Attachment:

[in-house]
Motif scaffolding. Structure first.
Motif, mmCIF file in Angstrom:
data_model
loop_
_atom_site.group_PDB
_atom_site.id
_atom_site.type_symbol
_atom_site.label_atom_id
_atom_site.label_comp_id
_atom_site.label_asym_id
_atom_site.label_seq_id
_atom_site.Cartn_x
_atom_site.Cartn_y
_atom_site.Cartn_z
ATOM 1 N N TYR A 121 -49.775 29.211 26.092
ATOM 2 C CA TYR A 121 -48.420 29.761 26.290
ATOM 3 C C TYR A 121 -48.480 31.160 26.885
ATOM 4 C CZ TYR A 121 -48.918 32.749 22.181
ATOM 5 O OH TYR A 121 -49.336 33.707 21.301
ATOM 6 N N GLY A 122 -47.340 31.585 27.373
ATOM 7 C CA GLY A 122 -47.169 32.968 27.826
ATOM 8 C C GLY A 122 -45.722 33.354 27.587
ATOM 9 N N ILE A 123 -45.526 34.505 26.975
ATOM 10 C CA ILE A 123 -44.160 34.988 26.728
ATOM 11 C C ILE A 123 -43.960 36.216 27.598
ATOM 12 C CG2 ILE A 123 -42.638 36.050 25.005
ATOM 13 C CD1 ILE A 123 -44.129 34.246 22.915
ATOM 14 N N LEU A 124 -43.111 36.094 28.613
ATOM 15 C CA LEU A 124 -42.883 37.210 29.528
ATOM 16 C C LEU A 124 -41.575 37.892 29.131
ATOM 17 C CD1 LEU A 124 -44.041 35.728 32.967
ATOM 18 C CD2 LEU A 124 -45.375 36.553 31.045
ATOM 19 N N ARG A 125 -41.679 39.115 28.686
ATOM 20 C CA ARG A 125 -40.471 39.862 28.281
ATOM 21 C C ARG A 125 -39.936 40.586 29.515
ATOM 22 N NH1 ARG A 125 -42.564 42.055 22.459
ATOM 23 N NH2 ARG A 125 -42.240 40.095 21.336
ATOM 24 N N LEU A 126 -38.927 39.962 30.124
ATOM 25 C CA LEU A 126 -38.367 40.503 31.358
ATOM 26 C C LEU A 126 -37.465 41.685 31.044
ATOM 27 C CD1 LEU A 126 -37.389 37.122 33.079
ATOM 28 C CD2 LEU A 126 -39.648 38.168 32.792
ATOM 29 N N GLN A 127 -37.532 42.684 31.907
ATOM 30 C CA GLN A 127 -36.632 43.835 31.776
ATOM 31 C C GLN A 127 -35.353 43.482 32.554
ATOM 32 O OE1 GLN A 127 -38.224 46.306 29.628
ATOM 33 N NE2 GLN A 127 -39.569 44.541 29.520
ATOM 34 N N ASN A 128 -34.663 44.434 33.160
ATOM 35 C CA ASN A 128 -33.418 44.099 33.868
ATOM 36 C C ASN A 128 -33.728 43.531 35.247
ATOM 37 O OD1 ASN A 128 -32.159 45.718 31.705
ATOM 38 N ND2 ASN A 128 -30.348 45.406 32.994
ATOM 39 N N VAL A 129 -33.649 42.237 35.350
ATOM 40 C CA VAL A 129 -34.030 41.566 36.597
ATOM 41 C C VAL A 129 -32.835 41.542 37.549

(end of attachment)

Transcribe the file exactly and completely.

[in-house]
Motif scaffolding. Structure first.
Motif, mmCIF file in Angstrom:
data_model
loop_
_atom_site.group_PDB
_atom_site.id
_atom_site.type_symbol
_atom_site.label_atom_id
_atom_site.label_comp_id
_atom_site.label_asym_id
_atom_site.label_seq_id
_atom_site.Cartn_x
_atom_site.Cartn_y
_atom_site.Cartn_z
ATOM 1 N N TYR A 121 -49.775 29.211 26.092
ATOM 2 C CA TYR A 121 -48.420 29.761 26.290
ATOM 3 C C TYR A 121 -48.480 31.160 26.885
ATOM 4 C CZ TYR A 121 -48.918 32.749 22.181
ATOM 5 O OH TYR A 121 -49.336 33.707 21.301
ATOM 6 N N GLY A 122 -47.340 31.585 27.373
ATOM 7 C CA GLY A 122 -47.169 32.968 27.826
ATOM 8 C C GLY A 122 -45.722 33.354 27.587
ATOM 9 N N ILE A 123 -45.526 34.505 26.975
ATOM 10 C CA ILE A 123 -44.160 34.988 26.728
ATOM 11 C C ILE A 123 -43.960 36.216 27.598
ATOM 12 C CG2 ILE A 123 -42.638 36.050 25.005
ATOM 13 C CD1 ILE A 123 -44.129 34.246 22.915
ATOM 14 N N LEU A 124 -43.111 36.094 28.613
ATOM 15 C CA LEU A 124 -42.883 37.210 29.528
ATOM 16 C C LEU A 124 -41.575 37.892 29.131
ATOM 17 C CD1 LEU A 124 -44.041 35.728 32.967
ATOM 18 C CD2 LEU A 124 -45.375 36.553 31.045
ATOM 19 N N ARG A 125 -41.679 39.115 28.686
ATOM 20 C CA ARG A 125 -40.471 39.862 28.281
ATOM 21 C C ARG A 125 -39.936 40.586 29.515
ATOM 22 N NH1 ARG A 125 -42.564 42.055 22.459
ATOM 23 N NH2 ARG A 125 -42.240 40.095 21.336
ATOM 24 N N LEU A 126 -38.927 39.962 30.124
ATOM 25 C CA LEU A 126 -38.367 40.503 31.358
ATOM 26 C C LEU A 126 -37.465 41.685 31.044
ATOM 27 C CD1 LEU A 126 -37.389 37.122 33.079
ATOM 28 C CD2 LEU A 126 -39.648 38.168 32.792
ATOM 29 N N GLN A 127 -37.532 42.684 31.907
ATOM 30 C CA GLN A 127 -36.632 43.835 31.776
ATOM 31 C C GLN A 127 -35.353 43.482 32.554
ATOM 32 O OE1 GLN A 127 -38.224 46.306 29.628
ATOM 33 N NE2 GLN A 127 -39.569 44.541 29.520
ATOM 34 N N ASN A 128 -34.663 44.434 33.160
ATOM 35 C CA ASN A 128 -33.418 44.099 33.868
ATOM 36 C C ASN A 128 -33.728 43.531 35.247
ATOM 37 O OD1 ASN A 128 -32.159 45.718 31.705
ATOM 38 N ND2 ASN A 128 -30.348 45.406 32.994
ATOM 39 N N VAL A 129 -33.649 42.237 35.350
ATOM 40 C CA VAL A 129 -34.030 41.566 36.597
ATOM 41 C C VAL A 129 -32.835 41.542 37.549